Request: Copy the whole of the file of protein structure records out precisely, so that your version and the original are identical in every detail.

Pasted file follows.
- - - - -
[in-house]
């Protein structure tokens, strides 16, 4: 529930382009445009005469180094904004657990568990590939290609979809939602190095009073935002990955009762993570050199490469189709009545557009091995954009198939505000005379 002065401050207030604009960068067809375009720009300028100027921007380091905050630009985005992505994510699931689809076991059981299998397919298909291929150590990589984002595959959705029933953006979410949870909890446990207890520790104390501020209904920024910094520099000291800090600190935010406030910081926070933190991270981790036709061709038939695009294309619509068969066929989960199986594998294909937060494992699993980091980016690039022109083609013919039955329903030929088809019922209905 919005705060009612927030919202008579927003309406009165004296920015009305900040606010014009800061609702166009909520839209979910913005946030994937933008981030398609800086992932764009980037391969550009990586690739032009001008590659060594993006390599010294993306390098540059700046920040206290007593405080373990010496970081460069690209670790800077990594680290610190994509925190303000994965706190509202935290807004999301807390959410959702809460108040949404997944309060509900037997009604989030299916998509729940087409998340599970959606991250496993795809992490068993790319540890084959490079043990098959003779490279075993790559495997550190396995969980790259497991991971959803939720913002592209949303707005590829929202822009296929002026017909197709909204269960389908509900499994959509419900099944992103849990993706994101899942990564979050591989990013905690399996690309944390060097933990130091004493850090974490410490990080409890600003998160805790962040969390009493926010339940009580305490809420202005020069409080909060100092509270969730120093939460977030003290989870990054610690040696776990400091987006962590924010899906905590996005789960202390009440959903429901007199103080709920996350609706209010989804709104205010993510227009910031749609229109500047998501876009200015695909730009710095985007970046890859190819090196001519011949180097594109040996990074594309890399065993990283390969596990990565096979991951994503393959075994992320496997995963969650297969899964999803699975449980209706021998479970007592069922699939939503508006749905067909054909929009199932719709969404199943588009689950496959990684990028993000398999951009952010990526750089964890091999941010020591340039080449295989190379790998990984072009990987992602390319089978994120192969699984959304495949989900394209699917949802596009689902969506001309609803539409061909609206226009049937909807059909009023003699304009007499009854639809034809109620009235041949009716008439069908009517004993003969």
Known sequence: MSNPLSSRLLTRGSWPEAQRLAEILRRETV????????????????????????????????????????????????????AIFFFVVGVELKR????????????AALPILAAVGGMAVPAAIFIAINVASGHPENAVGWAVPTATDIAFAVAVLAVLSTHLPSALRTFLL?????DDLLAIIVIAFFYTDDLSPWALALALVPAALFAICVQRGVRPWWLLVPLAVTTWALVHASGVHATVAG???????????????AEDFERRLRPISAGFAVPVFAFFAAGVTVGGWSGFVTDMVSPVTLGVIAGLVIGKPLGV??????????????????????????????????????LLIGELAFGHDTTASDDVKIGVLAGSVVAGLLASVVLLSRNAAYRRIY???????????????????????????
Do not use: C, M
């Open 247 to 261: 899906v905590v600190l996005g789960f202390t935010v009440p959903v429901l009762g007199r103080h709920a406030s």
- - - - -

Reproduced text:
[in-house]
């Protein structure tokens, strides 16, 4: 529930382009445009005469180094904004657990568990590939290609979809939602190095009073935002990955009762993570050199490469189709009545557009091995954009198939505000005379 002065401050207030604009960068067809375009720009300028100027921007380091905050630009985005992505994510699931689809076991059981299998397919298909291929150590990589984002595959959705029933953006979410949870909890446990207890520790104390501020209904920024910094520099000291800090600190935010406030910081926070933190991270981790036709061709038939695009294309619509068969066929989960199986594998294909937060494992699993980091980016690039022109083609013919039955329903030929088809019922209905 919005705060009612927030919202008579927003309406009165004296920015009305900040606010014009800061609702166009909520839209979910913005946030994937933008981030398609800086992932764009980037391969550009990586690739032009001008590659060594993006390599010294993306390098540059700046920040206290007593405080373990010496970081460069690209670790800077990594680290610190994509925190303000994965706190509202935290807004999301807390959410959702809460108040949404997944309060509900037997009604989030299916998509729940087409998340599970959606991250496993795809992490068993790319540890084959490079043990098959003779490279075993790559495997550190396995969980790259497991991971959803939720913002592209949303707005590829929202822009296929002026017909197709909204269960389908509900499994959509419900099944992103849990993706994101899942990564979050591989990013905690399996690309944390060097933990130091004493850090974490410490990080409890600003998160805790962040969390009493926010339940009580305490809420202005020069409080909060100092509270969730120093939460977030003290989870990054610690040696776990400091987006962590924010899906905590996005789960202390009440959903429901007199103080709920996350609706209010989804709104205010993510227009910031749609229109500047998501876009200015695909730009710095985007970046890859190819090196001519011949180097594109040996990074594309890399065993990283390969596990990565096979991951994503393959075994992320496997995963969650297969899964999803699975449980209706021998479970007592069922699939939503508006749905067909054909929009199932719709969404199943588009689950496959990684990028993000398999951009952010990526750089964890091999941010020591340039080449295989190379790998990984072009990987992602390319089978994120192969699984959304495949989900394209699917949802596009689902969506001309609803539409061909609206226009049937909807059909009023003699304009007499009854639809034809109620009235041949009716008439069908009517004993003969």
Known sequence: MSNPLSSRLLTRGSWPEAQRLAEILRRETV????????????????????????????????????????????????????AIFFFVVGVELKR????????????AALPILAAVGGMAVPAAIFIAINVASGHPENAVGWAVPTATDIAFAVAVLAVLSTHLPSALRTFLL?????DDLLAIIVIAFFYTDDLSPWALALALVPAALFAICVQRGVRPWWLLVPLAVTTWALVHASGVHATVAG???????????????AEDFERRLRPISAGFAVPVFAFFAAGVTVGGWSGFVTDMVSPVTLGVIAGLVIGKPLGV??????????????????????????????????????LLIGELAFGHDTTASDDVKIGVLAGSVVAGLLASVVLLSRNAAYRRIY???????????????????????????
Do not use: C, M
């Open 247 to 261: 899906v905590v600190l996005g789960f202390t935010v009440p959903v429901l009762g007199r103080h709920a406030s």